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Five Things From Another Away Disasterclass, This Time At Blackpool

Bobbins’ post-mortem after Reading fall apart at Blackpool.

Blackpool v Reading - Sky Bet League One Photo by Lee Parker - CameraSport via Getty Images


When will it ever end? Yet again we saw another disasterclass away from home. For 12 minutes or so we looked a bit of a threat, with all the usual hallmarks of a Ruben Selles pressing side being evident… and then Sam Hutchinson effectively killed the game with one act of stupidity in the box. From that point onwards we were well beaten and it only continued to get worse.

A sharp contrast between the last two results where we’d won at home with a spirited and uplifting performance against Bolton Wanderers, followed by that insane 9-0 win away from home versus Exeter City. This was back to the sandy beaches of Blackpool with a bump, where we didn’t have a clue how to stop the tide or not to drown in our own sorrows.


We lost in every department all over the pitch, there were so many points of failure, in honesty. None more so in central areas where we didn’t have the power or personnel to cover runs or provide cover for the fullbacks who crossed with impunity, time after time.

Sam Hutchinson, despite laying on the only goal of the game for us, was particularly culpable with his needless lunge in the box for Blackpool’s opener. Before that moment, Clinton Mola was guilty of conceding possession high up the pitch and the rest unfolded like a cheap sheet.

Why Hutchinson thought a challenge in the box, where he looked to be an unlikely winner, was the best course of action, we’ll never know. He could have attempted to stop the cross, rather than the man, he could have put pressure on the man and not taken the risk, but he chose neither of these things. It was a ridiculous decision to make and act upon.


From that moment on the heads dropped. It was clear as day that the fragility away from home made this very much an uphill task. Clinton Mola had an afternoon to completely erase from his memory. Not only did his error create the penalty to happen, he was out-jumped in the box for the second goal, he lost his man for the third goal also.

Then, that man Hutchinson again, lost control of the ball in the midfield for the fourth. One stayed on the field and the other was immediately hooked at half-time.

Of course, the problems weren’t entirely down to them, it was a team effort. We were second place all over the park. Ball control was very poor, the tempo was almost static at times, we created next to nothing.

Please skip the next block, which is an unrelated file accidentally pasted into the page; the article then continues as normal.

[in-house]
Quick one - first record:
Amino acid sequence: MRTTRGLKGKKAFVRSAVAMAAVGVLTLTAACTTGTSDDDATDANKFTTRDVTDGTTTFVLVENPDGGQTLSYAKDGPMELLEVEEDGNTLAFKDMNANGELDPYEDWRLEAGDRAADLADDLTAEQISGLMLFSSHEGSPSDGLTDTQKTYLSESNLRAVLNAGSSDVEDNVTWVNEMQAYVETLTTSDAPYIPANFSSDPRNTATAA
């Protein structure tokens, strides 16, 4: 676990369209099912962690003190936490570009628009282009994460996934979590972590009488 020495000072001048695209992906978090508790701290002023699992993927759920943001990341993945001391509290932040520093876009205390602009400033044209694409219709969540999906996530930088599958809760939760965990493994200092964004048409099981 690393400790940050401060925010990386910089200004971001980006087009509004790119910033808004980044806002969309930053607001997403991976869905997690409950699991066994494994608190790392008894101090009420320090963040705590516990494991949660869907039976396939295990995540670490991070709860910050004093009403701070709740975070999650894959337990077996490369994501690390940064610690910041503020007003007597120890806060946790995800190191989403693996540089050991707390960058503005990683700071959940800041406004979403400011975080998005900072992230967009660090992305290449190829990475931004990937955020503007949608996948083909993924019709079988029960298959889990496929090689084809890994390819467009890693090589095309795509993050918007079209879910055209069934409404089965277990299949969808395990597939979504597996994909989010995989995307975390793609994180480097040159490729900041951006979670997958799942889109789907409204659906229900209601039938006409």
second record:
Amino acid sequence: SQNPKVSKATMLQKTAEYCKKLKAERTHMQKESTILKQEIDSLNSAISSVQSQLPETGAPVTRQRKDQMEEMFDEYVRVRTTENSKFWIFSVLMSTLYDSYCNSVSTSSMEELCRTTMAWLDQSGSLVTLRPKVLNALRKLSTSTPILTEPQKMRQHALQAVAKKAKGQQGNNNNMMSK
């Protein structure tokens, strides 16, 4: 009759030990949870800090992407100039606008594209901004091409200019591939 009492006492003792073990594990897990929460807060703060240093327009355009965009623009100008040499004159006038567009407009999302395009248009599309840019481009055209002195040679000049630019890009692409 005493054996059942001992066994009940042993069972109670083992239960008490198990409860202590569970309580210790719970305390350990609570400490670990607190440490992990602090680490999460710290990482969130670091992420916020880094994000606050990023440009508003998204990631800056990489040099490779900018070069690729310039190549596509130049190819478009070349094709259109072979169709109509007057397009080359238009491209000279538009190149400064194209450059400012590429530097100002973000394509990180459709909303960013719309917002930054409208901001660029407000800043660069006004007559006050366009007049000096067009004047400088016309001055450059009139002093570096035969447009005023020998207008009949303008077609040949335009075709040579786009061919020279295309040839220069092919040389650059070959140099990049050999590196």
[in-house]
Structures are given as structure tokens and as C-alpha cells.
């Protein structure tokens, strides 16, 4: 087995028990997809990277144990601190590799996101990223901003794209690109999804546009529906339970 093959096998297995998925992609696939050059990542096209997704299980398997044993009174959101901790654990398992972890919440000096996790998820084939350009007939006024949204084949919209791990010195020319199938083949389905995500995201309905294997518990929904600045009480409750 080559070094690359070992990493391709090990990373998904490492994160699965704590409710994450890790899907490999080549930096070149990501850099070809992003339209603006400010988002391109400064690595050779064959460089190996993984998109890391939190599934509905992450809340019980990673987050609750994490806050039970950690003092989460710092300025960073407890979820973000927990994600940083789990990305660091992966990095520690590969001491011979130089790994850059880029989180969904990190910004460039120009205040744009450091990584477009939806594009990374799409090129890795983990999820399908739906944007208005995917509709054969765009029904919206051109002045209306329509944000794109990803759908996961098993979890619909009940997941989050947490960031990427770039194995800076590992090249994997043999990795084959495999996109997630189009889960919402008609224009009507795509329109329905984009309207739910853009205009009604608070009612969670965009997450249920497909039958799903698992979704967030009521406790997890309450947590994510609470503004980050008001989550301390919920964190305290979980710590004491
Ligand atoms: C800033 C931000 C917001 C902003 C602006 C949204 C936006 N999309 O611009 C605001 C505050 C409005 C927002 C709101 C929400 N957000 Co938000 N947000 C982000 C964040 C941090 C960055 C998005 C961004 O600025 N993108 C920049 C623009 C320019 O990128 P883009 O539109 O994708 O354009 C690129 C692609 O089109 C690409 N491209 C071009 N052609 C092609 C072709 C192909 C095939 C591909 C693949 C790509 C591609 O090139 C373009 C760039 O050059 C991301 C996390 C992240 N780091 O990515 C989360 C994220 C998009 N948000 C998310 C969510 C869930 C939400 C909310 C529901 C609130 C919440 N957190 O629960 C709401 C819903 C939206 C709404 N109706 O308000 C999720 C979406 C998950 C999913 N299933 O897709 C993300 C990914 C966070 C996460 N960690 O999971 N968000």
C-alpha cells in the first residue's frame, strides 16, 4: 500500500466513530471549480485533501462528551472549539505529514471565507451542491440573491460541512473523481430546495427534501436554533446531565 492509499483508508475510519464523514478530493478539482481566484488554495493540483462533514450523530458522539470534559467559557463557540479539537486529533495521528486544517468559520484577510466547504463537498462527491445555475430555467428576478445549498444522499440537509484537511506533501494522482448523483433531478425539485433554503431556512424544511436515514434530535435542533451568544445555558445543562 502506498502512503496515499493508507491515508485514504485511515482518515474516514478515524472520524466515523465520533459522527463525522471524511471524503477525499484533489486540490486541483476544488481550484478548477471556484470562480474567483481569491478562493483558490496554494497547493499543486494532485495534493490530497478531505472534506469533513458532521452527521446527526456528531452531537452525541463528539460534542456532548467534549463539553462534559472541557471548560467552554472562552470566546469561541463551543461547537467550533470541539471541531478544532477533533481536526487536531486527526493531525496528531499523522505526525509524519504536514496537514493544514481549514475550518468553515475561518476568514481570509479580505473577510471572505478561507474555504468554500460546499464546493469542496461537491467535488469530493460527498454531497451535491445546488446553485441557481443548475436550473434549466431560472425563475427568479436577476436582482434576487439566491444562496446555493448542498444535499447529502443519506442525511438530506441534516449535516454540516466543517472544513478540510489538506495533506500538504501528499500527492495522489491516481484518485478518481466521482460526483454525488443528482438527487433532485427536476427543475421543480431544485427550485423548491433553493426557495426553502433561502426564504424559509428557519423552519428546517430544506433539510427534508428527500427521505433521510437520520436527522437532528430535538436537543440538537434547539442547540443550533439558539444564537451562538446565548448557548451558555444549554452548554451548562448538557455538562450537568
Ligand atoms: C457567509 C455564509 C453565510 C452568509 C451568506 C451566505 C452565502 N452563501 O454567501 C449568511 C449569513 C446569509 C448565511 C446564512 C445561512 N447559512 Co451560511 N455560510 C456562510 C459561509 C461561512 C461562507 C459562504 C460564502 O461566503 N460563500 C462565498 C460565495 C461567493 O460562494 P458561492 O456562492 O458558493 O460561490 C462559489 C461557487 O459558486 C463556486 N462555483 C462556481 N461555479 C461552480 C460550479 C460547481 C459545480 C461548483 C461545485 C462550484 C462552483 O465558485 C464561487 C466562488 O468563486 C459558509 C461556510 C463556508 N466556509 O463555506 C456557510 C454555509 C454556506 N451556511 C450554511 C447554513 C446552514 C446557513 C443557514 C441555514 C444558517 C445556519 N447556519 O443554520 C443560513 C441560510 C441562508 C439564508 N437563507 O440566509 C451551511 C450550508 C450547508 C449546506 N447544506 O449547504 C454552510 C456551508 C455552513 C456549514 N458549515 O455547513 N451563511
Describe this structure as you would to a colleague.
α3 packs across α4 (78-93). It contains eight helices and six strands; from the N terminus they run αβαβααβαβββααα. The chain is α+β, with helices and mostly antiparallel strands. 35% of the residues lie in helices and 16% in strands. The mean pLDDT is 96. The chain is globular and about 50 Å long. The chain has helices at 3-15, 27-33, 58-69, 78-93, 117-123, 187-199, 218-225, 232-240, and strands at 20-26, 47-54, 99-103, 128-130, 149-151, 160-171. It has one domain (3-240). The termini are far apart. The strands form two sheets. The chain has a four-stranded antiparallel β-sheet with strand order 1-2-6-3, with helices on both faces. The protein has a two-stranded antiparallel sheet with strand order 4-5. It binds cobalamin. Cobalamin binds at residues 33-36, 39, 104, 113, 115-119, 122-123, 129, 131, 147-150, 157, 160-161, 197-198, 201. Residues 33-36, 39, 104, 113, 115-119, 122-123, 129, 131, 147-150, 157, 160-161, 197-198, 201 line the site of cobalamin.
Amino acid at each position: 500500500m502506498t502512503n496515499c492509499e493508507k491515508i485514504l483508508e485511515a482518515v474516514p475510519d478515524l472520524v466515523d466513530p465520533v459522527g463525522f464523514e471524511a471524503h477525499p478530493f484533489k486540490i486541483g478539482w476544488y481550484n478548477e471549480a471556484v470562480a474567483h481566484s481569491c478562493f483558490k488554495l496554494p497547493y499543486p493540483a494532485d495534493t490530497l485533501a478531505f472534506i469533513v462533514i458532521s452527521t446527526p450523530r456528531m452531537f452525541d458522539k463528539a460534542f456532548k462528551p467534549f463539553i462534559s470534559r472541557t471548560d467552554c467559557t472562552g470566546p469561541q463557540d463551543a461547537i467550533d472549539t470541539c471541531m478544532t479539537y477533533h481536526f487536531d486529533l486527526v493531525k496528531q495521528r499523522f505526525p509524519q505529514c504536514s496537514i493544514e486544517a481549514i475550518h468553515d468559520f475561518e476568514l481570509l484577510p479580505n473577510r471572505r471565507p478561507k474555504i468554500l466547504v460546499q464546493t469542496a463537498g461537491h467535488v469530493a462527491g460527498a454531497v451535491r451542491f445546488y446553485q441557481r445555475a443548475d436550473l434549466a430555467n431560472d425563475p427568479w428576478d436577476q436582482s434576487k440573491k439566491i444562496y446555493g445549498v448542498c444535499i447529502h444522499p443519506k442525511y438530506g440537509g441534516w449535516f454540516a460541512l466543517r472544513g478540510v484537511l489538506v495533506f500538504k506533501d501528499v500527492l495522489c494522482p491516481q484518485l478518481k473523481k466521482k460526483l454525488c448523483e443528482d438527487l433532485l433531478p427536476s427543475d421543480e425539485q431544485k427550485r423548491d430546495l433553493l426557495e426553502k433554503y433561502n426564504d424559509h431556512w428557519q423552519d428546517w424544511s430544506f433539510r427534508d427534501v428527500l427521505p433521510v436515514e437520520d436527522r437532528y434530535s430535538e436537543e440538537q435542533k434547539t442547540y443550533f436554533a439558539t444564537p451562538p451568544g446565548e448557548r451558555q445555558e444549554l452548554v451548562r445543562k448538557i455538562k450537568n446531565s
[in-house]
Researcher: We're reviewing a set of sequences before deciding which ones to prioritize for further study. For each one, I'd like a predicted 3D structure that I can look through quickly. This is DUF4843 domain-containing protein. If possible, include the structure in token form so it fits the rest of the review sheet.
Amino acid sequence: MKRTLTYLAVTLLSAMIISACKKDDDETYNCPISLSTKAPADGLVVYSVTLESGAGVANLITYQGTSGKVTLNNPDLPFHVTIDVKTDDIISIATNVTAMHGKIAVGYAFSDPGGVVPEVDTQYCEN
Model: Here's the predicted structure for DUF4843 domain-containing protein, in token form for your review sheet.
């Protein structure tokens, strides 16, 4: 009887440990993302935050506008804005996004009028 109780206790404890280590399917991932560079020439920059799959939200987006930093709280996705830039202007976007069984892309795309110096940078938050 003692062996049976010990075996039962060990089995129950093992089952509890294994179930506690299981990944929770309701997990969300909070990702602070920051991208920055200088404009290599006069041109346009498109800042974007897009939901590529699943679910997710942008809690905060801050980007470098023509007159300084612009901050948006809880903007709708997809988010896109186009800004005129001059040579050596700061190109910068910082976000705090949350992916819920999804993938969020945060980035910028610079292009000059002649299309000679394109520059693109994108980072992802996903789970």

We all know and appreciate that there’s a steep learning curve for these players; we all want to see them grow and thrive, but they can only learn by gaining experience. It’s just that this isn’t the kind of experience we want them to have.

It’s also a valuable experience for manager Selles. We saw very clearly that his favoured 4-2-2-2 is a system that has its limitations when the ball has not been won high up the pitch. If the midfield is bypassed and the wide players are not closed down effectively then bad things are going to happen. It didn’t help that Tyler Bindon and Nelson Abbey were bullied for the entire game either. For the first time we saw the true rawness of their youth and it wasn’t pretty to watch.

And that’s the problem: everything is so new, so inexperienced, with little history to back up of how to be better, how to act in certain situations, how to stop events from happening. It was all so naive, but predictably so. They have not got a reference point on how to prevent certain events from occurring in the first place.

There’s got to be a point where we have to adjust or just play differently away from home. We can’t play so openly, so expansively and expect to gain better results just by having the expectation that our system and players are technically better than the home side. It just isn’t enough. We have to learn how to be compact, press in our own half, earn the right to sneak on the counter and, perhaps, get lucky.

At the moment, we’re just hoping that the home side has a nightmare and that we can pass our way out of trouble, but when control of the ball is so poor and the young players can’t think outside the box and see what’s required in real time, rather than stick to their posts dutifully, then it’s hard to see when and how this is going to change.


No doubt, this game will be analysed and hopefully the lessons will be learned by Selles and the players. There has to be some scope to change a system when it is not fit for purpose. It’s fine to have it as a template but it has to be brought into focus when it has been so exposed by a more savvy and physically larger team as Blackpool.

All of this can be chalked down as “experience”. We just don’t want them to learn by being bullied, bombarded and brutally beaten every other weekend. Whilst they can learn, and no doubt will learn, by suffering through adversity we’d rather not witness all the flaws be exposed every time on the road. It’s just too much to watch time after time. That kind of evolution cannot come too soon.